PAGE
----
After ramming down the “background checks for gun transfers” bill, SB143, which requires expensive background checks for any transfer outside of scant few exceptions (as well as record keeping), the Nevada Legislature and Governor Sleestak Sisolak, continue to attack the fundamental rights protected by the 2nd Amendment.
SB120 allows the government to take away your firearms for up to a year at a go even if you have committed no crime. This allowance for “emergency” protection can be lodged by a wide number of people, including in many cases people who used to live with the person being targeted, or a relative of a relative, including a child’s other parent even if the child is a grown adult and has nothing to do with the “high-risk behavior”, or a police officer.
And what is some this “high-risk behavior”? It could be whatever a police officer decides it is, or simply getting a bit too drunk, even if a firearm is not involved in any way shape or form, or whatever conduct the court considers is “relevant”! Most disturbing of all one of the explicitly mentioned “high-sirk behaviors” is when one has purchased or aquired any firearm and had “[a]quired a firearm or other deadly weapon within the immediately preceding 6 months”.
That’s correct. Merely acquiring or buying guns can not be a legal justification for taking your guns. And this emergency order can be ordered in absentia without the person targeted ever knowing. It is frightening to think that a right protected by the Bill of Rights can just be taken away without even the accusation of committing a crime.
A copy of SB120, as introduced, can be found here, or read below:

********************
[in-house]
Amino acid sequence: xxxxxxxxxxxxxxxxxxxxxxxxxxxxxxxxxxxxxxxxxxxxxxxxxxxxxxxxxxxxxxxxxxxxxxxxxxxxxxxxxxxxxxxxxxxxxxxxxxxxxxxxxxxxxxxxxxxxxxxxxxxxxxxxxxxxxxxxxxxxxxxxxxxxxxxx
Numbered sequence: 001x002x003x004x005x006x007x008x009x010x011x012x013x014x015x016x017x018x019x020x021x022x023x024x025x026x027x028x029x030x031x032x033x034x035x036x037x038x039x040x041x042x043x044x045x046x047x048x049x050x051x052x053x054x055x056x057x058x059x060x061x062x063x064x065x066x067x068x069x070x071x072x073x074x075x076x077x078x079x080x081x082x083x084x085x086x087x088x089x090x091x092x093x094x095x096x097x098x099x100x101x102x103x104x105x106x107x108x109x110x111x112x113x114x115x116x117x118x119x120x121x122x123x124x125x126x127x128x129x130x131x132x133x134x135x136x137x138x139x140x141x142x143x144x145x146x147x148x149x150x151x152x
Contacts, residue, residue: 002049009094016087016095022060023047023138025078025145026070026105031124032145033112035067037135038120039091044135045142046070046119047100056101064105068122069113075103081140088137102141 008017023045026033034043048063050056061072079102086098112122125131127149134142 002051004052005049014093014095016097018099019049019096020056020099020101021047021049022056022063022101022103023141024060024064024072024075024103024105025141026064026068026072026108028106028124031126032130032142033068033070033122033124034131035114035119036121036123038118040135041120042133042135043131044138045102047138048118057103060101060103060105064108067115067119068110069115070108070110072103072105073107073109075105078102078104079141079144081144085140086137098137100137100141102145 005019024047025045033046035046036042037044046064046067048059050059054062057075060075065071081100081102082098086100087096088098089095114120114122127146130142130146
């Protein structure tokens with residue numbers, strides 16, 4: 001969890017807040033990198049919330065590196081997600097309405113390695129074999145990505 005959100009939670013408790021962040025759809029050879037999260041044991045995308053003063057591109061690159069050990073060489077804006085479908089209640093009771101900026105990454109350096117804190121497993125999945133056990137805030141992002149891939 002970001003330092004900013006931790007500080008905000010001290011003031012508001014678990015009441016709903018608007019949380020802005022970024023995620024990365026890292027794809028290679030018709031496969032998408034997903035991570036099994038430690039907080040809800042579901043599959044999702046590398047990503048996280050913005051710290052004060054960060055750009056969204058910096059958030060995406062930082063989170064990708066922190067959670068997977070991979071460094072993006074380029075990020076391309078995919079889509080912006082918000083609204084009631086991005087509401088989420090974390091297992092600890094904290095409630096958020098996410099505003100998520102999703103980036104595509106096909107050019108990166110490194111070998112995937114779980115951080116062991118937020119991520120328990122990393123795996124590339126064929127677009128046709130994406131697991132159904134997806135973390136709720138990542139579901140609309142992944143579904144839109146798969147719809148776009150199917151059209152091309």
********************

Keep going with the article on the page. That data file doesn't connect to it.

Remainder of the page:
Nevada SB120 (2019) by on Scribd
Additionally, another bill, AB153, sound more innocuous, but in contect of the statutes, worrying. At present, it is illegal to air or knowingly permit a child, who isn’t under the supervision of a parent or designated adult, to gain and have a gun. Current law states that if the gun is locked up in a secure location. AB153 gives a broader “negligence” standard if there is a “substantial risk” regardless of it is secure or locked up.
“5. Unless a greater penalty is provided pursuant to subsection 2, a person is guilty of a misdemeanor who:
(a) Negligently stores or leaves a firearm at a location under his or her control; and
(b) Knows or has reason to know that there is a substantial risk that a child prohibited from handling or having in his or her possession or under his or her control any firearm pursuant to this section may obtain such a firearm.”
This means that even if a weapons is locked up or in a secure location, a person who hasn’t aided or knowingly permitted, can still be guilty of a crime if there is but a risk that a child obtained a weapon, even if by theft, if there is a “substantial risk” that it could be obtained by someone who is under 18. The nebulous language is dangerous and could mean that if one’s neighborhood or place where they park their car is suffering from a spate of break-ins (i.e. there is a “substantial risk”), and even if otherwise secured or locked up, the gun is obtained (i.e. “Negligently store[d]” since it was left obtainable) by a minor, then it is the person whose gun that is stolen is guilty of a crime. While section 3 of the statutory language says that a person did not “aid or knowingly permit a child to violate” the prohibition of said child having a gun, this new provision is in addition to that.
A copy of AB153, as introduced, can be found here, or read below:
Nevada AB153 (2019) by on Scribd
Of note, this is not an exhaustive list of bills introduced this Legislative session, since there is still time for new bills to be introduced and rammed through the Legislative process.